Theatres and other state-subsidised arts institutions were celebrating victory over Prague’s City Council this week after councillors scrapped a controversial new system of awarding subsidies. The system – under which Prague’s theatres were subsidised according to the number of tickets sold – sparked a wave of protest by arts organisations and even led to angry artists disrupting a meeting of the city council.
It was Milan Richter, Councillor for Culture and Tourism, who came up with the controversial idea of subsidising the city’s theatres according to how many tickets they sold. The system, introduced in November 2007, led to a minor revolution in the arts world. Non-commercial theatres, art galleries and others complained they would go out of business within months if starved of state grants. There followed a petition signed by 30,000 people, public demonstrations and even in a noisy sit in at Prague City Hall.
So they rejoiced this week when Milan Richter and mayor Pavel Bem announced this week that they were scrapping the new system of allocating grants and returning to the old one, mayor Bem saying councillor Richter was partly to blame for introducing a system that did not distinguish between commercial and non-profit theatres.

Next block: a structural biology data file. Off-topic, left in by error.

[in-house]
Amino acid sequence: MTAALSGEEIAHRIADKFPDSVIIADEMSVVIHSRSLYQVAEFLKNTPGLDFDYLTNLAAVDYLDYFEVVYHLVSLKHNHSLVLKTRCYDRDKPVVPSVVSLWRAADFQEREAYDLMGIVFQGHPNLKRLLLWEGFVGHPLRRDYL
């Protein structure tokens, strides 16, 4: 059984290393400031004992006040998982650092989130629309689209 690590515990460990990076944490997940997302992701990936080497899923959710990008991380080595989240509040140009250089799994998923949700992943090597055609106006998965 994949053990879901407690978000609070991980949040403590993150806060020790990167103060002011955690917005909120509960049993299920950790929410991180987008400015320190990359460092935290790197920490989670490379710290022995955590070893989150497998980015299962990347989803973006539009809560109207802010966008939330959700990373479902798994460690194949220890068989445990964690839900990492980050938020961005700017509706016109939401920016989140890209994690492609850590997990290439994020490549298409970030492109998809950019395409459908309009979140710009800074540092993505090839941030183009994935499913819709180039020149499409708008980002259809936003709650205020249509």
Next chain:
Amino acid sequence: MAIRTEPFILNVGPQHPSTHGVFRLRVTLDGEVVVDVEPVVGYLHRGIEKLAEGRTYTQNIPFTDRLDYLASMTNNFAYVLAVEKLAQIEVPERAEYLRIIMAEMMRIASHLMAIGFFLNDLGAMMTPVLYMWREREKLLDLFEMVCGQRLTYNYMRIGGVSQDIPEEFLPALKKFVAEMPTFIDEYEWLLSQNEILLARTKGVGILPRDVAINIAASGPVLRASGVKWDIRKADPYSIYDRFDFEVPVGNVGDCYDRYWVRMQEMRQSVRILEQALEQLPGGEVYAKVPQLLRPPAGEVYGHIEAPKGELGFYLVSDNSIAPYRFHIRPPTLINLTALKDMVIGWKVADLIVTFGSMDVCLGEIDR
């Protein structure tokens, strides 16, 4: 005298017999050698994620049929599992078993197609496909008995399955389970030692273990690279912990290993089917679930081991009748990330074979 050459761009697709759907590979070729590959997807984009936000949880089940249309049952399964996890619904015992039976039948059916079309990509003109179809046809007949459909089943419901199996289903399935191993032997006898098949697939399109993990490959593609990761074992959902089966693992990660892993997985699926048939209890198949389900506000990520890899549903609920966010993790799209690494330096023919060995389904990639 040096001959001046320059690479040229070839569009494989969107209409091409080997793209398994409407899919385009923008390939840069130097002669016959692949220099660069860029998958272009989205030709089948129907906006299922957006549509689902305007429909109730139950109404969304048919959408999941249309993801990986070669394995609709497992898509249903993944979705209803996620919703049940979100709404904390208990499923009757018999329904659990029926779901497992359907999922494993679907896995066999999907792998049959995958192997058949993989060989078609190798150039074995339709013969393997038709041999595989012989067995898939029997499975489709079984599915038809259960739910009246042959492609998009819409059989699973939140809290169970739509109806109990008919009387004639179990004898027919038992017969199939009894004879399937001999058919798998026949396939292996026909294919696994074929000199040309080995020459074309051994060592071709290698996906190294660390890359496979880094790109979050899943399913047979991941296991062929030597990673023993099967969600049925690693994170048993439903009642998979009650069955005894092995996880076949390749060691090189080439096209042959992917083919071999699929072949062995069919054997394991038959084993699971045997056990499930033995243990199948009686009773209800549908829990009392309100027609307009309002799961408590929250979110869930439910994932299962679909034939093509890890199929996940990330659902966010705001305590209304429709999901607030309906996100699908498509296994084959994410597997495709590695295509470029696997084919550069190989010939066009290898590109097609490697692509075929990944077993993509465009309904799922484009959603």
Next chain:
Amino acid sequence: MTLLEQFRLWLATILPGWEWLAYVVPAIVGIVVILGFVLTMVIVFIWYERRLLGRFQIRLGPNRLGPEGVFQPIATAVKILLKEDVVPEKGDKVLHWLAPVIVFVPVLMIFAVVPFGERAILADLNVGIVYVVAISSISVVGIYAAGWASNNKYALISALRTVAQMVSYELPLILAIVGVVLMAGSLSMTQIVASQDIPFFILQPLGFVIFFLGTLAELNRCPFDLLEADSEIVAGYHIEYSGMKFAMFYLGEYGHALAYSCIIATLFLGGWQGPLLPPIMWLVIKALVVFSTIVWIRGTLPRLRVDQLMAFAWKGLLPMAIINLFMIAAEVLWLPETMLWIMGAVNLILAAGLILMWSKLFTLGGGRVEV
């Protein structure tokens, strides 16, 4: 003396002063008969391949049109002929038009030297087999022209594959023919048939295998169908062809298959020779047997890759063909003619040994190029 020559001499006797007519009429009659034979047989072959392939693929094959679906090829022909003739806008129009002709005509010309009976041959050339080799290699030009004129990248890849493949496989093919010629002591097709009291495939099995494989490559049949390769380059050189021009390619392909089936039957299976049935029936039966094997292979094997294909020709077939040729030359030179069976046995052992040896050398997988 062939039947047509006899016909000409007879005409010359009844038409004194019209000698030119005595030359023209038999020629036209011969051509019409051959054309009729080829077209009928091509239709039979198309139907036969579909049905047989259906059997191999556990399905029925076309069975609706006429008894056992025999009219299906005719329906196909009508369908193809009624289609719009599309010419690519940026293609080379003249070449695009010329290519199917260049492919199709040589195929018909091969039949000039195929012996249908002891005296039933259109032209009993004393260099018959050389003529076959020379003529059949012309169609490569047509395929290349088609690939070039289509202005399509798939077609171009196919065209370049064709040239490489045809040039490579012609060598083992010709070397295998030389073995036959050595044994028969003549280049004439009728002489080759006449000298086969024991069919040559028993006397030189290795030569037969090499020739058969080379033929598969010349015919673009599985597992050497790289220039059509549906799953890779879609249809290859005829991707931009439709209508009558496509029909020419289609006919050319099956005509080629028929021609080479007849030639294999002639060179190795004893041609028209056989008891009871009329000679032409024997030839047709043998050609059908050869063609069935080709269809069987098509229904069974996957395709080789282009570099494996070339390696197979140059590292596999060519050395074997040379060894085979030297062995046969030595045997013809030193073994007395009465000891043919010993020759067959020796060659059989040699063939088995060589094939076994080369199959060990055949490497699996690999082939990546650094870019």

Milan Richter, however, defended the proposals in an interview for Czech Television. He said he never insisted on keeping the particular system of subsidies, merely the principles of objectivity and justice on which it was founded.
Now the system has been scrapped, is this victory for the theatres? Ondrej Hrab, director of Prague’s Archa Theatre, says not quite:
“I think there’s still a long way to go, because this is just a promise. It’s a promise to fulfil all the demands of the petition except one: the resignation of Mr Richter and Mr Pecha.”
Mr Pecha being Ondrej Pecha, chairman of the grants committee at Prague City Hall. Neither he nor Milan Richter have any plans to step down, and it looks like the theatres will just have to learn to live with them. But the main bone of contention – grants doled out according to how many tickets you sell – seems to have been discarded for good.
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